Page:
- What could be next for NC House Speaker Tim Moore after 2024?
- Raleigh News & Observer
- After a record-breaking five terms, North Carolina Rep. Tim Moore will not be seeking another stint as speaker of the House in 2025. While he’s confirmed his decision to step back from House leadership, Moore has remained tight-lipped on what his next steps might be. His departure leaves one of three of the state’s highest elected offices up for grabs. This, as well an open seat for governor, will change the current power dynamic. Moore’s departure raises questions about what his next steps will be and what effect it will have on the state. What he chooses to do may shape North Carolina politics for years to come. Here’s a look at possible routes Moore may take.
RUNNING FOR CONGRESS?
Moore has repeatedly dodged reporters’ questions about his political future. Often he responds with humor, asking if they are trying to get rid of him. On Wednesday, Moore told The News & Observer that “while I will be looking at a number of options after my final term as Speaker, right now I am entirely focused on my job serving the people of North Carolina as Speaker of the House,” according to an email shared by Demi Dowdy, Moore’s spokesperson. Paul Shumaker, a political adviser for Moore, said the longtime legislator “has multiple options on the table, all of which could have a lot of appeal.” One of those options is a run for Congress, but that is not set in stone, Shumaker said. “We don’t know what the maps are going to look like. We have all this speculation. It’s all being driven by folks outside of Tim Moore’s world, quite frankly driven more by the personal agenda that others may have politically,” he said.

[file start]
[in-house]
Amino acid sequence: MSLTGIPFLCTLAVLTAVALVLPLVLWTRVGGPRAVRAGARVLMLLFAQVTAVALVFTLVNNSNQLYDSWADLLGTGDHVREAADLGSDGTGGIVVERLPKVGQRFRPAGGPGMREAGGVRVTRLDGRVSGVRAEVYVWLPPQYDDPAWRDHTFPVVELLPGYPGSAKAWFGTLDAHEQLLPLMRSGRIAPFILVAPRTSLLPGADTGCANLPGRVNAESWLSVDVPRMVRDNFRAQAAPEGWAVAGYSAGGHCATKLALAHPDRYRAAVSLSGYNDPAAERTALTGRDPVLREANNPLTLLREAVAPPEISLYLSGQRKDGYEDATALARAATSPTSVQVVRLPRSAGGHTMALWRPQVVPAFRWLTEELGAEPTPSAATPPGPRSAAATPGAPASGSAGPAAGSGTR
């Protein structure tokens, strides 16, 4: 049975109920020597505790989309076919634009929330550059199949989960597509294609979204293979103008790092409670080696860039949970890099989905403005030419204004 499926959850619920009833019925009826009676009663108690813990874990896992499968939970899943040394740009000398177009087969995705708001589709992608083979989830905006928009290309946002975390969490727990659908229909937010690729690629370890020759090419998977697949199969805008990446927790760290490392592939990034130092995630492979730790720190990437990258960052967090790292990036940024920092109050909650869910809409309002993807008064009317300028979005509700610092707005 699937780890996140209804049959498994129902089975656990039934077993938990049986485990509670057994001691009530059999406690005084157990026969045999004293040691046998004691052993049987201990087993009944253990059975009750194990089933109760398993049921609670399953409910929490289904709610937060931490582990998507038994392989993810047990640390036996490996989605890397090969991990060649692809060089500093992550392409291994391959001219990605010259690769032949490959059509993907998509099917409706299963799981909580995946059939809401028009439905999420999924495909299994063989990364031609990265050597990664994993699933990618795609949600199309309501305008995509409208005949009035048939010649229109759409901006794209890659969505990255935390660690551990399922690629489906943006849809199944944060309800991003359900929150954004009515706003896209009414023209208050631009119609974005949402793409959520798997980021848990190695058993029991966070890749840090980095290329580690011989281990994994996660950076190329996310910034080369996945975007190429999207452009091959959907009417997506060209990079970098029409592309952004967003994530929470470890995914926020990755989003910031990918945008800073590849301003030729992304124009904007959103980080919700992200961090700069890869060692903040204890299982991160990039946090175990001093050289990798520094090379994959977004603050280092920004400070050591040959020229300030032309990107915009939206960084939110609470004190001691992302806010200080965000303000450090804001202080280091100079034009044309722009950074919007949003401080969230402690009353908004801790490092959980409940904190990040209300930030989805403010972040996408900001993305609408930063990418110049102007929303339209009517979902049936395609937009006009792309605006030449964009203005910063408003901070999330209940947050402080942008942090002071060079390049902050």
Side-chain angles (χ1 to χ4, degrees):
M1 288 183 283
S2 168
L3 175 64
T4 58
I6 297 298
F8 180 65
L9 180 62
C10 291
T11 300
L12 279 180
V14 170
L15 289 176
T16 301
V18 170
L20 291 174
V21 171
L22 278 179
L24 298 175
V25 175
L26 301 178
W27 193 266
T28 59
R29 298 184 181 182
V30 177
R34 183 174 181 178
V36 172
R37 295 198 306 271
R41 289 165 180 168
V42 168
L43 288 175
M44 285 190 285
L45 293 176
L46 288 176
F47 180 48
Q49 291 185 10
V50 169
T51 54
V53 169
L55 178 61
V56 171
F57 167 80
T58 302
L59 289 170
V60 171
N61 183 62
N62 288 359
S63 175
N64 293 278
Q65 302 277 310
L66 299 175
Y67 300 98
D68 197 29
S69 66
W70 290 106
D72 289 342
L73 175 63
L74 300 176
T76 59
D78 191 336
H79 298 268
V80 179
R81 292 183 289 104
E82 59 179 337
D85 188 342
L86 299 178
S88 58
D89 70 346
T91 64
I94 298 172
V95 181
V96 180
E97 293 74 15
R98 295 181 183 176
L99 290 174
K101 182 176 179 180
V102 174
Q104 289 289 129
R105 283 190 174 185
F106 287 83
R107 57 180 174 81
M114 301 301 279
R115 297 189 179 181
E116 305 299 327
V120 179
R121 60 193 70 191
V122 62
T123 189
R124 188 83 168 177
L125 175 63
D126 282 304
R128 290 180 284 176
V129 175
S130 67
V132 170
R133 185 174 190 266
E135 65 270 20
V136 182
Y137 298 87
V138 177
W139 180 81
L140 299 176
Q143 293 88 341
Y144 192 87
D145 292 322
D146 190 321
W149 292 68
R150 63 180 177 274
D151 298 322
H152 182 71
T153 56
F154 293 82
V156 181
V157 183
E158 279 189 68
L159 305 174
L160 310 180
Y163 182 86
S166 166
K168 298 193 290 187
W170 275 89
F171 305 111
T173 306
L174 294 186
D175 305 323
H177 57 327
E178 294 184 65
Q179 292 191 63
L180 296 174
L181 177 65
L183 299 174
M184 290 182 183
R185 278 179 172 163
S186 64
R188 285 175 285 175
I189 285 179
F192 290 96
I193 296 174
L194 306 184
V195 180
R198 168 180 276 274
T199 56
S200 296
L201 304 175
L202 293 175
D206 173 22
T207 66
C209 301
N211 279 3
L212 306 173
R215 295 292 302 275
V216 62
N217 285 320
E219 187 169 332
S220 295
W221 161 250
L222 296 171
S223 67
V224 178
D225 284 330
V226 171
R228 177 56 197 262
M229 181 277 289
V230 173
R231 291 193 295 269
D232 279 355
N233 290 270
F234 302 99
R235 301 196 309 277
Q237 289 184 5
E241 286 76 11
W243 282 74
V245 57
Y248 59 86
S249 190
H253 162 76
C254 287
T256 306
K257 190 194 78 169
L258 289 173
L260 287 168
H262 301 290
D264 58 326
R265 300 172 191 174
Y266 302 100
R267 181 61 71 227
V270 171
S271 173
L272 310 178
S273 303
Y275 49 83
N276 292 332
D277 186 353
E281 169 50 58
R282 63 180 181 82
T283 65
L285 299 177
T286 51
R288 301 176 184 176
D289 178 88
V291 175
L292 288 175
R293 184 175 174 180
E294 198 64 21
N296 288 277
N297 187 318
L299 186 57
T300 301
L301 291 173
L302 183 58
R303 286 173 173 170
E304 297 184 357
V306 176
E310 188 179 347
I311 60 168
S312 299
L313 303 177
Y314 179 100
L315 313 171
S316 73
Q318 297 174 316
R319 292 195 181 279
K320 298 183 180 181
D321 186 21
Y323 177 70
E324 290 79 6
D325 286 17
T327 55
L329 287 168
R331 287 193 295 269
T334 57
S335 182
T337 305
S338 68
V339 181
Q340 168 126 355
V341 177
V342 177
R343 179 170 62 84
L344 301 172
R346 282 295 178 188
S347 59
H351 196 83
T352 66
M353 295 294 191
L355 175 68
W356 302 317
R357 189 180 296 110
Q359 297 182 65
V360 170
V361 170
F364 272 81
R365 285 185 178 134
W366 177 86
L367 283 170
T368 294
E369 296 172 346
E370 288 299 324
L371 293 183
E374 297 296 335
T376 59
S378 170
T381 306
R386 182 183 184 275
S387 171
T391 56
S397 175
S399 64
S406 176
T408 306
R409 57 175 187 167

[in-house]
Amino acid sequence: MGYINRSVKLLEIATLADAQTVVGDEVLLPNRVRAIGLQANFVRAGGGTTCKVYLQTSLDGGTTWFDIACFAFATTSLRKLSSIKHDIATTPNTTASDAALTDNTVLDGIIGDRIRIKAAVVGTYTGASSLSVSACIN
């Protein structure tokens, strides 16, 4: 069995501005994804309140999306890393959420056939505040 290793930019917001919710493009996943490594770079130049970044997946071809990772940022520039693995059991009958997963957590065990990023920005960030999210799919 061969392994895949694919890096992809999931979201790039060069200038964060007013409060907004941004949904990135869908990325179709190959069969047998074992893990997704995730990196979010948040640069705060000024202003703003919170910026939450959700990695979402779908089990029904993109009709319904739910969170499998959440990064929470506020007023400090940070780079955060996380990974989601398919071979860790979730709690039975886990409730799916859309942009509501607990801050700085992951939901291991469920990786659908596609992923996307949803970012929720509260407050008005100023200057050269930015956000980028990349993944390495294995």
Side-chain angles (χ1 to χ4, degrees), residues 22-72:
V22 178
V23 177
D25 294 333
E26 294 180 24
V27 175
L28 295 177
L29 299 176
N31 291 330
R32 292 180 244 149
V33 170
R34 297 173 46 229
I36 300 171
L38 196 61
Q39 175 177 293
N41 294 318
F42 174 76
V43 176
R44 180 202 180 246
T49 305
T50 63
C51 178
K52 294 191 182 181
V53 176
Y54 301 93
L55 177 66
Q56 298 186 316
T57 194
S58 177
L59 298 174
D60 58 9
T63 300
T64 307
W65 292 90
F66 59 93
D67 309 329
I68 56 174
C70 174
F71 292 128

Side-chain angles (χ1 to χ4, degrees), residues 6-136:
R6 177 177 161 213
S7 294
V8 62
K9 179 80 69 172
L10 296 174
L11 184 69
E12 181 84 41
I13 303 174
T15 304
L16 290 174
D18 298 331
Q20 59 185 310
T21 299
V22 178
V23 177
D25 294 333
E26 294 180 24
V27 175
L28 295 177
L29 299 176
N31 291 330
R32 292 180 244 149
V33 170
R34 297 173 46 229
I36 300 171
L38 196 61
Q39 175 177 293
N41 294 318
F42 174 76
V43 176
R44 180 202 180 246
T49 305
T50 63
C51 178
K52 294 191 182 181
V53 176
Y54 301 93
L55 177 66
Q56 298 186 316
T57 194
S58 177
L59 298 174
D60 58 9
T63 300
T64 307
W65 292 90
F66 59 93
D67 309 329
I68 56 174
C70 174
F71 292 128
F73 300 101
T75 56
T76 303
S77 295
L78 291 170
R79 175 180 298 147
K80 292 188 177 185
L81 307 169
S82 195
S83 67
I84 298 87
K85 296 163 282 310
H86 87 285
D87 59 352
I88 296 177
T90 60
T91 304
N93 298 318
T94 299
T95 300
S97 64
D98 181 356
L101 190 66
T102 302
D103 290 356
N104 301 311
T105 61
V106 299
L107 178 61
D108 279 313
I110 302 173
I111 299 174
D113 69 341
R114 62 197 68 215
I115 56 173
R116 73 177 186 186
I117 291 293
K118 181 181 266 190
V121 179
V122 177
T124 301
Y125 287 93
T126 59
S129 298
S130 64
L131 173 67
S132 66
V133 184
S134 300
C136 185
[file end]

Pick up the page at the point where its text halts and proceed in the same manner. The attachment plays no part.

- North Carolina General Assembly: No veto overrides, no budget approval, no votes until mid-August
- Speaking only about veto overrides and the budget that hasn’t been passed, North Carolina House Speaker Tim Moore (R-Cleveland) on Thursday delayed until Aug. 15 when his chamber would act on basically any matters. “We will push back the veto override votes for a week,” Moore said in a perfunctory meeting apparently attended by only one member of the House. The votes had been scheduled for Aug. 7, but after conferring about the calendar, he said it would be “Aug. 15.” His issue with having votes on veto overrides is simple math: Three-fifths of those in attendance in the session would have to approve a motion to override. Moore simply is taking a roll call and knowing when he can convene enough members to make that happen. He did say that the delay should not be “taken as a negative to the budget process. That’s moving right along.”
- US Rep. Dan Bishop Announces a Run for North Carolina Attorney General
- US News
- North Carolina Rep. Dan Bishop, a vocal member of the Freedom Caucus that’s become a foil to House Speaker Kevin McCarthy, announced on Thursday that he would run for state attorney general next year rather than seek to remain in Congress. The Republican lawyer revealed his decision in a radio interview in his hometown of Charlotte. Bishop joined Congress in 2019 by narrowly winning a special election, after raising his profile in state politics as a chief sponsor of the controversial 2016 “bathroom bill.” A former county commissioner and state legislator, Bishop said he misses practicing law more regularly, and sees the post as a way to counter an encroaching federal government and to buttress law enforcement during a time of increasing violence. “Over the course of many months we’ve decided this is the right thing for me to do, to come back to North Carolina,” Bishop told WBT radio, referencing his wife. “I think there’s an opportunity to use the influence of that office to restore law and order to our cities.”